News

News from the Social Science Research Group:

Wartime Child Displacement Conference

The 'Wartime Child Displacement: Comparing Historical and Contemporary Cases’ conference, took place on 8 September 2016, at UWE Bristol. We asked how examples from the historic past might help us to address the multiple political and humanitarian challenges in the current migrant and child displacement situation in Europe.

Academic specialists, members of the Bristol Anglo-Polish Society, local and regional charities and professional educational bodies, as well as experts on post-conflict situations and restorative justice came together to share children's experiences of crisis, journeys and exile the legal and formal processes faced when displaced in own changed country or new country, impact in adult life and for second generations and the significance of community networks of support.

View our Wartime Child Displacement report and for further information contact Tillie.curran@uwe.ac.uk.

2015 British Psychological Seminar Competition winners

The Group were very pleased to announce that Dr Nikki Hayfield and
Dr Victoria Clarke were successful in winning the 2015 British Psychological Seminar competition. Dr's Hayfield and Clarke have funding to run a seminar series for the Identities theme within the Group, next spring, jointly with colleagues at Birkbeck and the Open University. View further information about the forthcoming seminars.

Social Science Research Group Launch

The Social Science Research Group held it's launch event on 10th September 2015 at the Arnolfini.  The theme of the launch was
'Vulnerability, Resilience and Resistance, and over 60 people attended the event. Organisations including the police,  probation,  transform drugs policy, sexual/domestic abuse charities, victim support and Bristol City Council attended along with staff from across UWE. Members of the group discussed their research in byte size presentations and Professor Havi Carel from the University of Bristol, gave the keynote speech.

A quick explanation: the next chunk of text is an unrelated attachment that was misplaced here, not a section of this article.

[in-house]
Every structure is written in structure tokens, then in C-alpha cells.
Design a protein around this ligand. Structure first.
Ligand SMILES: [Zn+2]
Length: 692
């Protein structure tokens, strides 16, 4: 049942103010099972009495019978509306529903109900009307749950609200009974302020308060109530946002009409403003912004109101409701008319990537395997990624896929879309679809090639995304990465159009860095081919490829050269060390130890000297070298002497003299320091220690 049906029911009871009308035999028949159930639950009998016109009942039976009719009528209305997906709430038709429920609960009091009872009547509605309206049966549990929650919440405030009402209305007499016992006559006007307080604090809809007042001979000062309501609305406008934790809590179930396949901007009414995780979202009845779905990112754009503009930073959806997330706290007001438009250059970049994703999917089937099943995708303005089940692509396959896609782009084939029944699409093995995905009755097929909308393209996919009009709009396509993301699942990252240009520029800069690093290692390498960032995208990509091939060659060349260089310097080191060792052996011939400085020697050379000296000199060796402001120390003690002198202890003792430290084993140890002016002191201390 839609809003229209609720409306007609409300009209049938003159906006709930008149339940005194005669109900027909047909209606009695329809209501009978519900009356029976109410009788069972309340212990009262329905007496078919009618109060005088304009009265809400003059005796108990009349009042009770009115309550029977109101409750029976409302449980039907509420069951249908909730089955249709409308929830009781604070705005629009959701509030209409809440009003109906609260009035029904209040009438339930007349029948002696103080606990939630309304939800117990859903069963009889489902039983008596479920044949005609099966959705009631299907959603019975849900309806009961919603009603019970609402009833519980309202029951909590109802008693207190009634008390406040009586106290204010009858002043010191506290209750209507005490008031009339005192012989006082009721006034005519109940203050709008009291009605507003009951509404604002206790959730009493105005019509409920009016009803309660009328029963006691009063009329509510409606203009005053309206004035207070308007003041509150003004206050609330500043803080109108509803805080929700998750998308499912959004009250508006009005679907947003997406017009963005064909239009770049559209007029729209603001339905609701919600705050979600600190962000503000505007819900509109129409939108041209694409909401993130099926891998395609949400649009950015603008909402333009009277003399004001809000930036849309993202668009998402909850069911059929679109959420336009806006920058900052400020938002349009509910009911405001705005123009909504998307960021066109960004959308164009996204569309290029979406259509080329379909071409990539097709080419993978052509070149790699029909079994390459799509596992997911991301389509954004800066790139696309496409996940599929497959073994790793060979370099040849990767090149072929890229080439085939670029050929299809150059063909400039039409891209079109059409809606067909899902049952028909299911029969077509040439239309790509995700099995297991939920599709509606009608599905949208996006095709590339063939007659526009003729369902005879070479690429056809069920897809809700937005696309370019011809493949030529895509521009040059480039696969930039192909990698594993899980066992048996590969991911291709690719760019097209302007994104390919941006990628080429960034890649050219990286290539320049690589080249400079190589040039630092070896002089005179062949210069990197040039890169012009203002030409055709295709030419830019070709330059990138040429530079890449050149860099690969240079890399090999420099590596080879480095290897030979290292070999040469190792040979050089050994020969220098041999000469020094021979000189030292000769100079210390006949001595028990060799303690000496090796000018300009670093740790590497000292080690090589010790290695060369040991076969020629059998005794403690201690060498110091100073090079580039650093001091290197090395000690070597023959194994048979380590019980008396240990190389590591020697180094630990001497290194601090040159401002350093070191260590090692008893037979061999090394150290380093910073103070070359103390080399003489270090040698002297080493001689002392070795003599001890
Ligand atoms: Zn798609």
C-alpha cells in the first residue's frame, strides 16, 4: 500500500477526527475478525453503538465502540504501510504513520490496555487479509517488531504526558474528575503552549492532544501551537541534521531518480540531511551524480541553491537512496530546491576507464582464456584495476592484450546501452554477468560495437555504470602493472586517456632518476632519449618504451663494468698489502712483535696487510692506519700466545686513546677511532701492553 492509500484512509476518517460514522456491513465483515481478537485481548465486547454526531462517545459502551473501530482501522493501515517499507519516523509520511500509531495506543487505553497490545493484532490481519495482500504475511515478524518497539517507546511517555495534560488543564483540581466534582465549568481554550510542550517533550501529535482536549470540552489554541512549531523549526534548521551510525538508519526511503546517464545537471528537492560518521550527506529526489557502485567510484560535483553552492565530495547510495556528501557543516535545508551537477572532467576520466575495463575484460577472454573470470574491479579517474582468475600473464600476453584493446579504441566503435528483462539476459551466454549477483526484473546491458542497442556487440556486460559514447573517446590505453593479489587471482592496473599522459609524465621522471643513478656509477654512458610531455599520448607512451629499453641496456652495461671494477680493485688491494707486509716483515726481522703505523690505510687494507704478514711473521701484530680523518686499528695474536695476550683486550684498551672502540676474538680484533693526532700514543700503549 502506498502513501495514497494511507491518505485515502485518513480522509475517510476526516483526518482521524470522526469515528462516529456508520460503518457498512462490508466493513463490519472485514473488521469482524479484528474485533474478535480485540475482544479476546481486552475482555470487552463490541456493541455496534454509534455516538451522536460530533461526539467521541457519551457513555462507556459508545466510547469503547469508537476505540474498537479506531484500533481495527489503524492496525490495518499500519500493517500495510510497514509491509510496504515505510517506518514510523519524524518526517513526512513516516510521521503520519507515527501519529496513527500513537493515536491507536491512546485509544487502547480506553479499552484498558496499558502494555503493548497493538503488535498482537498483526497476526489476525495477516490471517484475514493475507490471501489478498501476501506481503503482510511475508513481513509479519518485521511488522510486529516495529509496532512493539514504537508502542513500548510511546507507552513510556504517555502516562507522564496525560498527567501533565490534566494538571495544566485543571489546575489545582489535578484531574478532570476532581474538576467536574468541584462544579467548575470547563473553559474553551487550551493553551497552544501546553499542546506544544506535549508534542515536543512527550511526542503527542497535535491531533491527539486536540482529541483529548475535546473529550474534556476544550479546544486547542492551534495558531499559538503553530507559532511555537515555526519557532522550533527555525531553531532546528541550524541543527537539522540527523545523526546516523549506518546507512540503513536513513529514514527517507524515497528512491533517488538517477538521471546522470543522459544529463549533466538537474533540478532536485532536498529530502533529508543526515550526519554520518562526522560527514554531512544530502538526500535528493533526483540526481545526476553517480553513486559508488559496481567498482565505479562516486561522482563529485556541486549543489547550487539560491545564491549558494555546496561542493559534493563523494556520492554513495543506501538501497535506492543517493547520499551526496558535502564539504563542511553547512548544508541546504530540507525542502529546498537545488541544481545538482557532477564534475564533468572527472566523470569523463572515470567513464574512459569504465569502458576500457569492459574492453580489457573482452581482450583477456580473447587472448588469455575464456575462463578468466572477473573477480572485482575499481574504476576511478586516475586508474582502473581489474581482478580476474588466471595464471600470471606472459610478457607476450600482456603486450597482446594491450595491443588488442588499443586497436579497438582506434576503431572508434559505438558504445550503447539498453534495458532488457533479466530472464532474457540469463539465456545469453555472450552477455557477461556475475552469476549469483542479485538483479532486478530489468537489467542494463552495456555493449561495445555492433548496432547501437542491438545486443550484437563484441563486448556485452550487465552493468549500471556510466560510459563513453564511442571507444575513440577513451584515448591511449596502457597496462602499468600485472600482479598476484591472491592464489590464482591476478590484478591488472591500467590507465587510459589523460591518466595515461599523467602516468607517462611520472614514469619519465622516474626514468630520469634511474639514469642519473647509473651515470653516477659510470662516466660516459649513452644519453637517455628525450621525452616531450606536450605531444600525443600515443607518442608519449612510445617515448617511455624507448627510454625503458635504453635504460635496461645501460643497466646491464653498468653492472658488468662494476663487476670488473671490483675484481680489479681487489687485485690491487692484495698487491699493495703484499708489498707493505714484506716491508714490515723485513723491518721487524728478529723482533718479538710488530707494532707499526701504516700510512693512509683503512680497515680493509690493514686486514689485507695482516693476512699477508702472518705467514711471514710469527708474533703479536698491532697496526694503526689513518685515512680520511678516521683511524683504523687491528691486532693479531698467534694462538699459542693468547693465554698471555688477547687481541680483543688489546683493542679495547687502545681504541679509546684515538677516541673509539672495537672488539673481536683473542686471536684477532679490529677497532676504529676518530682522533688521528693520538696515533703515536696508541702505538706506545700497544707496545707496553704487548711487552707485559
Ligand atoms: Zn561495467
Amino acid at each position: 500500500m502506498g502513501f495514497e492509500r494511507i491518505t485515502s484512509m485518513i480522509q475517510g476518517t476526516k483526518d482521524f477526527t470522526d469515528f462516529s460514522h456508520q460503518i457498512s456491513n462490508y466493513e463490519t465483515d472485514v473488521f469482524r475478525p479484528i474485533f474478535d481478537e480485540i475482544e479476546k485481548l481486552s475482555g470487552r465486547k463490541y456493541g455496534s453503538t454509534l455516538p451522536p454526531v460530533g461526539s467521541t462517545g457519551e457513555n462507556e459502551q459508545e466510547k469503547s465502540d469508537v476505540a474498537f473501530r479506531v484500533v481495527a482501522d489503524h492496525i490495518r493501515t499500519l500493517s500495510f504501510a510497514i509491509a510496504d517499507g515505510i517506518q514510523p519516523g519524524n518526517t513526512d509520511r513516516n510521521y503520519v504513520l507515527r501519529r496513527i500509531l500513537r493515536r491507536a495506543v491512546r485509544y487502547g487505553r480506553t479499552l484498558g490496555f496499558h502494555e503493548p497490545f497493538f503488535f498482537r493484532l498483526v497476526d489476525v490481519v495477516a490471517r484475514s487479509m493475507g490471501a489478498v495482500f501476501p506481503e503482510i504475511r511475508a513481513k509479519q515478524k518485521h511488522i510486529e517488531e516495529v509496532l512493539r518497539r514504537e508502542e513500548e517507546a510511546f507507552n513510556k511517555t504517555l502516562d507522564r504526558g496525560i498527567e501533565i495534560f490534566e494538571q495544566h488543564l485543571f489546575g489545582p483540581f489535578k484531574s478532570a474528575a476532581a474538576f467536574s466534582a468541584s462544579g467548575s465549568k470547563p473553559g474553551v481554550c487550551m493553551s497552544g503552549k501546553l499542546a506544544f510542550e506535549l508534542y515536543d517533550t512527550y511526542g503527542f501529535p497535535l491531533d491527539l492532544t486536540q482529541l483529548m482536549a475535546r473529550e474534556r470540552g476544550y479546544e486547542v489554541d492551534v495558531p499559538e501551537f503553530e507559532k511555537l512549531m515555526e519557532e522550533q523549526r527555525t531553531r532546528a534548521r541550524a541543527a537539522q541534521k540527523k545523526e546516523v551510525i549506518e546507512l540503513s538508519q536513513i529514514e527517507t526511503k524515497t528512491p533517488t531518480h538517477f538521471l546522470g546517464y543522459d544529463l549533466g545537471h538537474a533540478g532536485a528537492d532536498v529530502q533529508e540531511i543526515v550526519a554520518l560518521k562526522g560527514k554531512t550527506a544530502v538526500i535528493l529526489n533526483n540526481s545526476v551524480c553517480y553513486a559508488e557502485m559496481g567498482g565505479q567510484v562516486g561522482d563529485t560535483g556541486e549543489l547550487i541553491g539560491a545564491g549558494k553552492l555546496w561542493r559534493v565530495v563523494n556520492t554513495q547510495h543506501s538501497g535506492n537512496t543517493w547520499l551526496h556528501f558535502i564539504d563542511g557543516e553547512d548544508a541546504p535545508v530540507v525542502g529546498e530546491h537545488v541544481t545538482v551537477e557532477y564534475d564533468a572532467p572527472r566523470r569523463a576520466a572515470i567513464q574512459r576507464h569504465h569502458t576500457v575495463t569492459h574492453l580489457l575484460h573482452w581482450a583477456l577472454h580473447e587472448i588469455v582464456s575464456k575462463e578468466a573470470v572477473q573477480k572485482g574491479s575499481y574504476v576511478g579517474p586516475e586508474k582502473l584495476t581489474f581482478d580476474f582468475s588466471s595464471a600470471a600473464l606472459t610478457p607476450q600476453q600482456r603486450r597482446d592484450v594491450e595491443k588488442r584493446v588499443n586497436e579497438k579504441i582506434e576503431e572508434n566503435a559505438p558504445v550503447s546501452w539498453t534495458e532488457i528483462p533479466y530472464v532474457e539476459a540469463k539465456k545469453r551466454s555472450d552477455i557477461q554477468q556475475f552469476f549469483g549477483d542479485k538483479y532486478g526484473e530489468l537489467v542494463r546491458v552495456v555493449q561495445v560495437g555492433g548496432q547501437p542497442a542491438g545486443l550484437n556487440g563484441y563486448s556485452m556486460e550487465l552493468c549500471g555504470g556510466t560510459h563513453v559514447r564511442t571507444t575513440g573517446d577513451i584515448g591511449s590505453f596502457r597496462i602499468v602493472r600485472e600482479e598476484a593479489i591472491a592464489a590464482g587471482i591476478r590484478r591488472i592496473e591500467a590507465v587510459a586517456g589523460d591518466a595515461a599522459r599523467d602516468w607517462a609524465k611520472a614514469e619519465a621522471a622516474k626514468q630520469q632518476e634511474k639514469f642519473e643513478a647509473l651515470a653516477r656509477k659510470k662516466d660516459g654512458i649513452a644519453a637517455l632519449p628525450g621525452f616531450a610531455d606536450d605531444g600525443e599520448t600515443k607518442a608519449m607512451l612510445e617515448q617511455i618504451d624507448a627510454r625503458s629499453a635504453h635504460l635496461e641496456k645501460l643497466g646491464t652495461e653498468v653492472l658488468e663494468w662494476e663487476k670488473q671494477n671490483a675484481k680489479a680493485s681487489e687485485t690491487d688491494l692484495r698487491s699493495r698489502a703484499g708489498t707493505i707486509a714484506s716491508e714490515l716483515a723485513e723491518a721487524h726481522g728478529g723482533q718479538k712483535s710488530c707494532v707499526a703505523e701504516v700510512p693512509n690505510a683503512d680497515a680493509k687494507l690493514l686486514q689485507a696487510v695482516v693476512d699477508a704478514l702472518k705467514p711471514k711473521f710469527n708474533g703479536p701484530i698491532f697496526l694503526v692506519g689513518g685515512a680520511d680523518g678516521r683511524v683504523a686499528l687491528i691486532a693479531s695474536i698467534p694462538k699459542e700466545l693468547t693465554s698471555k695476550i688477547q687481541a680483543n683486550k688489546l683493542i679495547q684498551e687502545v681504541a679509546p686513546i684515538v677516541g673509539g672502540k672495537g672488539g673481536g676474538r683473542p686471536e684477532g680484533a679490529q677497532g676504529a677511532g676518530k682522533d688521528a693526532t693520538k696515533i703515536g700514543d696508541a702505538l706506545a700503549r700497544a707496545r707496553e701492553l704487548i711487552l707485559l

View all of the presentations from the launch below:

Keynote speech, Professor Havi Carel

Vulnerability, Resilience, Resistance and Social Control
Professor Alison Assiter , (Fundamentalism)
Dr Kieran McCartan, (Preventing sexual abuse)
Dr Helen Malson, (Gender and Identity)

Vulnerability, Resilience, Resistance and Mobility
Dr Anne Foley, (Travelling communities)
Dr Phil Cole, (Migrant health issues)
Dr Richard Waller, (Paired Peers Project)

Vulnerability, Resilience, Resistance and Austerity
Dr Michael Burns (Vulnerability, affectivity and the politics of shared struggle)
Dr Simon Thompson, (Resilience)
Dr Liz Frost, (Resilient front line workers)
Dr Finn MacKay, (Gender and Feminism)

Promoting Gender Equality Guest Speaker

On Promoting Gender Equality: Reflections on Directing the Studies Programme of the United Nations University Gender Equality Studies and Training (UNU-GEST) Programme at the University of Iceland Annadís Greta Rúdólfsdóttir, University of Iceland.

The talk on 29 June 2014 by invited guest speaker Dr Rúdólfsdóttir critically reflected on her five year experience as the Studies Director of the United Nations University Gender Equality Studies and Training (UNU-GEST) Programme at the University of Iceland were she was responsible for defining the curriculum of a 20 week Diploma course on gender equality appropriate for students (both women and men) from Afghanistan, Palestine, Uganda, Malawi and Mozambique.

The process of designing and implementing an international study programme focusing on equality and gender reform raises a number of practical, theoretical and pedagogigal questions. How useful are mainstream theoretical frameworks and categories for gender analysis, which for the most part originate from the North, for making sense of the complex gender orders and gender relations that are part of the students´ living and working environments? What kind of pedagogical/feminist approach is best suited for creating safe spaces for positive cross-cultural and inclusive dialogues?

 

Back to top